Early History of Aikido in Japan:

Aikido was originated by Master Morihei Uyeshiba, who instructed only to carefully selected students, requiring the highest references.

Master Uyeshiba, Known throughout the Aikido world as O'Sensei, studied the Japanese Martial Arts of Kito Ryu, Aioi Ryu, Daito Ryu AikiJitsu, JuJitsu, the Bayonet arts, Kendo, Kudo, Bojitsu and many others. Aikido was created by him in the the 1930's.

O'Sensei was such a formidible and effective martial artist, that he attracted students from all over Japan, including senior students of Kodokan Judo who were sent to him by Jigaro Kano Sensei, the creator of modern Judo.

Before the 2nd World War, Aikido was not taught to the general public and only to carefully selected students requiring the highest references.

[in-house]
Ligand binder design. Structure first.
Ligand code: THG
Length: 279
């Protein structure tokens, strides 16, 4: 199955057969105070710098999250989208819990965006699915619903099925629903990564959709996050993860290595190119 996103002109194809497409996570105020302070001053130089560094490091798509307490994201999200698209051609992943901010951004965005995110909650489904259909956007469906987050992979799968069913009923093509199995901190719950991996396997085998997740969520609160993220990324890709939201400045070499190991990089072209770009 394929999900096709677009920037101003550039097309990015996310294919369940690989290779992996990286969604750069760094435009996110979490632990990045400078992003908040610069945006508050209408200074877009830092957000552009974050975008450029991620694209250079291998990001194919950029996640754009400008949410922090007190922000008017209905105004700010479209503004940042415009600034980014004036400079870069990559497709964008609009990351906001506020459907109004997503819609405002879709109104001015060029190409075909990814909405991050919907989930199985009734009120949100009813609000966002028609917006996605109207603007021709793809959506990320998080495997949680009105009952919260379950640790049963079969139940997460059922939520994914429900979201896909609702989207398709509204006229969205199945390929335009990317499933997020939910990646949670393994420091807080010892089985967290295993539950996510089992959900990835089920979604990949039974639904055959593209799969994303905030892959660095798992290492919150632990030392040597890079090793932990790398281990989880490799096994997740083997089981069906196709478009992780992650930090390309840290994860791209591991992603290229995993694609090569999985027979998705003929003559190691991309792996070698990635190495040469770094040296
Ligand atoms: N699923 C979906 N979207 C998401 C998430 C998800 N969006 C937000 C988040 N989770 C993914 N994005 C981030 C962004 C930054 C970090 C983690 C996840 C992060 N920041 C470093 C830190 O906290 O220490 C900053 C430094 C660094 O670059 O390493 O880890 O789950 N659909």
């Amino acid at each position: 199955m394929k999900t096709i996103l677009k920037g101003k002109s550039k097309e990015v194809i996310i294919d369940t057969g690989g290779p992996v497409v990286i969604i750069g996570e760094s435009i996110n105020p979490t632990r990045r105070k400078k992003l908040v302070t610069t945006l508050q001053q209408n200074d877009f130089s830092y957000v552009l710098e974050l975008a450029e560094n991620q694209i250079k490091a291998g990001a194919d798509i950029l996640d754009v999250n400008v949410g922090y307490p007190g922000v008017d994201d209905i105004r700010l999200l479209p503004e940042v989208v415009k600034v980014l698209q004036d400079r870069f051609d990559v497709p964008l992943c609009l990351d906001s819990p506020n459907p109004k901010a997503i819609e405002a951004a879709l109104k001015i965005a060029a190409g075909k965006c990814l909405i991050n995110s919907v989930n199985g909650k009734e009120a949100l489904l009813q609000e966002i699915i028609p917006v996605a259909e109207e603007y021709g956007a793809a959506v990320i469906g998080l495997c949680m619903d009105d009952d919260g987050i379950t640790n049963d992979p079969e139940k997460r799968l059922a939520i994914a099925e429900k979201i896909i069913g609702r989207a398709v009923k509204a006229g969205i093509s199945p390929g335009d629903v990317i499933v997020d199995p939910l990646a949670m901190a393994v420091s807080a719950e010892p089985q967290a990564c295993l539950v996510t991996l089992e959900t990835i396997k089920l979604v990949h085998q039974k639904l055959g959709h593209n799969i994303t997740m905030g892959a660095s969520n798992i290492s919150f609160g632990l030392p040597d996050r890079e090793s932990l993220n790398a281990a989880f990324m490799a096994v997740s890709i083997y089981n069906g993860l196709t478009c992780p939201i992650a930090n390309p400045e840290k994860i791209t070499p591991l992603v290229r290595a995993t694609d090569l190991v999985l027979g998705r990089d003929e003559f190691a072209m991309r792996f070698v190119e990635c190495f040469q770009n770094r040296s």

After the War however, the creator of Aikido decided that it should be spread throughout Japan and the World.

O'Sensei died in 1969 at the age of 88. His son Kisshomaru Uyeshiba took his place as the second Headmaster of Aikido.
This was also when the Art of Aikido began to split into several sub-schools of the art. The Uyeshiba school known as the hombu, is still regarded as the principal school of Aikido.
The other schools, started by students of O'Sensei, place emphasis on different aspects of the rich heritage of this sophisticated art.
Yoshinkan Aikido, developed by Gozo Shioda, one of O'Sensei's early students emphasises the Martial aspect of the art.
Tomiki, Aikido attempts to add a sporting dimension to Aikido, in a similar way to modern Judo. This was developed by Kenji Tomiki, a talented Judo master asked by Jigaro Kano - the founder of Judo to study Aikido.
Ki Aikido was developed by Koichi Tohei, formerly the Chief Instructor at the Hombu, and emphasises the spiritual side of Aikido.
There are a few other smaller groups but the majority of Aikido today is contained in the above groups.

After the death of Kisshomaru Uyeshiba in 1999, the place of Doshu (headmaster) was taken by Moriteru Uyeshiba, the grandson of the founder.